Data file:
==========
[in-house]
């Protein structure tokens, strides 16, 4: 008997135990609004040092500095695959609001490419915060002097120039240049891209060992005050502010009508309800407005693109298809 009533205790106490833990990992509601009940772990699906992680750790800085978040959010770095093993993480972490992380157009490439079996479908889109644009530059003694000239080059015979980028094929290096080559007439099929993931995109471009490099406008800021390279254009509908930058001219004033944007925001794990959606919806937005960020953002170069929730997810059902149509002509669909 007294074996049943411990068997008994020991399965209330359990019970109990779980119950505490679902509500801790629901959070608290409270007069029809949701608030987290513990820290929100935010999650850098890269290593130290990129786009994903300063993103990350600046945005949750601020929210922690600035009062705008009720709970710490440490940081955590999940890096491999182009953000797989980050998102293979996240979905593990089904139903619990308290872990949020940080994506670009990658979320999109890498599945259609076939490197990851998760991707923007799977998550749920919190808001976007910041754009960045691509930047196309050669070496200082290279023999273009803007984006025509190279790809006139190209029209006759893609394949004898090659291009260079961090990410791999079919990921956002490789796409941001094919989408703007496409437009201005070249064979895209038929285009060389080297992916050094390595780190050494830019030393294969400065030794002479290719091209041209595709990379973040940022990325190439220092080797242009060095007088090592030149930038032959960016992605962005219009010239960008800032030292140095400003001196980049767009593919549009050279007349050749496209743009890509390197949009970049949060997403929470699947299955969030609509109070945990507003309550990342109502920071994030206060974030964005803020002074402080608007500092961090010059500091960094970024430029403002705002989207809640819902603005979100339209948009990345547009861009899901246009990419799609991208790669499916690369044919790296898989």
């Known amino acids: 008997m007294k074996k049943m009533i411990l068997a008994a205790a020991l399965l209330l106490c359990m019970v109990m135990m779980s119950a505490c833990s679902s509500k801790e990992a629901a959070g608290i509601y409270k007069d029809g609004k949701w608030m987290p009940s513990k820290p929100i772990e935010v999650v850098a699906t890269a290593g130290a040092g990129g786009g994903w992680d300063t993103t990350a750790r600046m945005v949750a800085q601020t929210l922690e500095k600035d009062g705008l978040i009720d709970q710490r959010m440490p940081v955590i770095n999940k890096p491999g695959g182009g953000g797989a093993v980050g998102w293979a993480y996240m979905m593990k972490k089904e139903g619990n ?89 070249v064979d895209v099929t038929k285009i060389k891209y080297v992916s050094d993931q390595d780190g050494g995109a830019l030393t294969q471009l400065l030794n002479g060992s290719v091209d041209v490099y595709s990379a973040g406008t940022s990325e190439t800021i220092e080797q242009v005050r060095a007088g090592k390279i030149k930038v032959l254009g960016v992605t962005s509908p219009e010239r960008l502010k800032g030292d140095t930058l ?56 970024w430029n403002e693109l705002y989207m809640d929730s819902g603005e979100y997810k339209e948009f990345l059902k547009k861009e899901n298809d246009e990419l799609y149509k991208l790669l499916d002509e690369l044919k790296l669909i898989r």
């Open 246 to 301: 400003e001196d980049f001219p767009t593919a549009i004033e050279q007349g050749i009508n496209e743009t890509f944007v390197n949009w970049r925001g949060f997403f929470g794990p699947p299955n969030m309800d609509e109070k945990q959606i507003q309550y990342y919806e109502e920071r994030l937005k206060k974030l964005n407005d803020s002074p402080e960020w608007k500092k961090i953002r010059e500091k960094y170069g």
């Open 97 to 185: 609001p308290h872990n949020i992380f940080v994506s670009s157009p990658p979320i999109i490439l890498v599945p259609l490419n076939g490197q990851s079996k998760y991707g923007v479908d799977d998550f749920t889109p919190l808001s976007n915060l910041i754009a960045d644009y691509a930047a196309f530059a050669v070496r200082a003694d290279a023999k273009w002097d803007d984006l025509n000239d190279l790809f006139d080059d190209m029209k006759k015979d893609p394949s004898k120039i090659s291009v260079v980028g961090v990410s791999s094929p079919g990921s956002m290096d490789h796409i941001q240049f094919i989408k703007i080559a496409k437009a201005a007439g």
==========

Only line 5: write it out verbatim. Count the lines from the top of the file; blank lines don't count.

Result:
């Open 97 to 185: 609001p308290h872990n949020i992380f940080v994506s670009s157009p990658p979320i999109i490439l890498v599945p259609l490419n076939g490197q990851s079996k998760y991707g923007v479908d799977d998550f749920t889109p919190l808001s976007n915060l910041i754009a960045d644009y691509a930047a196309f530059a050669v070496r200082a003694d290279a023999k273009w002097d803007d984006l025509n000239d190279l790809f006139d080059d190209m029209k006759k015979d893609p394949s004898k120039i090659s291009v260079v980028g961090v990410s791999s094929p079919g990921s956002m290096d490789h796409i941001q240049f094919i989408k703007i080559a496409k437009a201005a007439g």